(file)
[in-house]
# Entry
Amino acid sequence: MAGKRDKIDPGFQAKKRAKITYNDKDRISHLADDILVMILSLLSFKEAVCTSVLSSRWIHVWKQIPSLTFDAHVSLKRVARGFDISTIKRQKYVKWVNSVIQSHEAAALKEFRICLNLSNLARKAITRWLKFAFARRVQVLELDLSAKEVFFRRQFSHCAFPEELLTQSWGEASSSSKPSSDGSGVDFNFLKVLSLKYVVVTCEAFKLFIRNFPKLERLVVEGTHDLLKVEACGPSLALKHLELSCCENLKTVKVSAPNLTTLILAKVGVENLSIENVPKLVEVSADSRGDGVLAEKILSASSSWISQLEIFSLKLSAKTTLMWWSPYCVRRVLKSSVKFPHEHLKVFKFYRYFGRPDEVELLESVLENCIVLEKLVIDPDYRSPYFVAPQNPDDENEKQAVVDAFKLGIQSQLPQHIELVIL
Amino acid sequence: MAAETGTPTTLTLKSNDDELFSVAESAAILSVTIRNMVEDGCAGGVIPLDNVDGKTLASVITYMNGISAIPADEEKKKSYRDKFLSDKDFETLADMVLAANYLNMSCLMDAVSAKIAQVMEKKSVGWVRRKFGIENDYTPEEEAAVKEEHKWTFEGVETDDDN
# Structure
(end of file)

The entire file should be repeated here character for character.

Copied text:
[in-house]
# Entry
Amino acid sequence: MAGKRDKIDPGFQAKKRAKITYNDKDRISHLADDILVMILSLLSFKEAVCTSVLSSRWIHVWKQIPSLTFDAHVSLKRVARGFDISTIKRQKYVKWVNSVIQSHEAAALKEFRICLNLSNLARKAITRWLKFAFARRVQVLELDLSAKEVFFRRQFSHCAFPEELLTQSWGEASSSSKPSSDGSGVDFNFLKVLSLKYVVVTCEAFKLFIRNFPKLERLVVEGTHDLLKVEACGPSLALKHLELSCCENLKTVKVSAPNLTTLILAKVGVENLSIENVPKLVEVSADSRGDGVLAEKILSASSSWISQLEIFSLKLSAKTTLMWWSPYCVRRVLKSSVKFPHEHLKVFKFYRYFGRPDEVELLESVLENCIVLEKLVIDPDYRSPYFVAPQNPDDENEKQAVVDAFKLGIQSQLPQHIELVIL
Amino acid sequence: MAAETGTPTTLTLKSNDDELFSVAESAAILSVTIRNMVEDGCAGGVIPLDNVDGKTLASVITYMNGISAIPADEEKKKSYRDKFLSDKDFETLADMVLAANYLNMSCLMDAVSAKIAQVMEKKSVGWVRRKFGIENDYTPEEEAAVKEEHKWTFEGVETDDDN
# Structure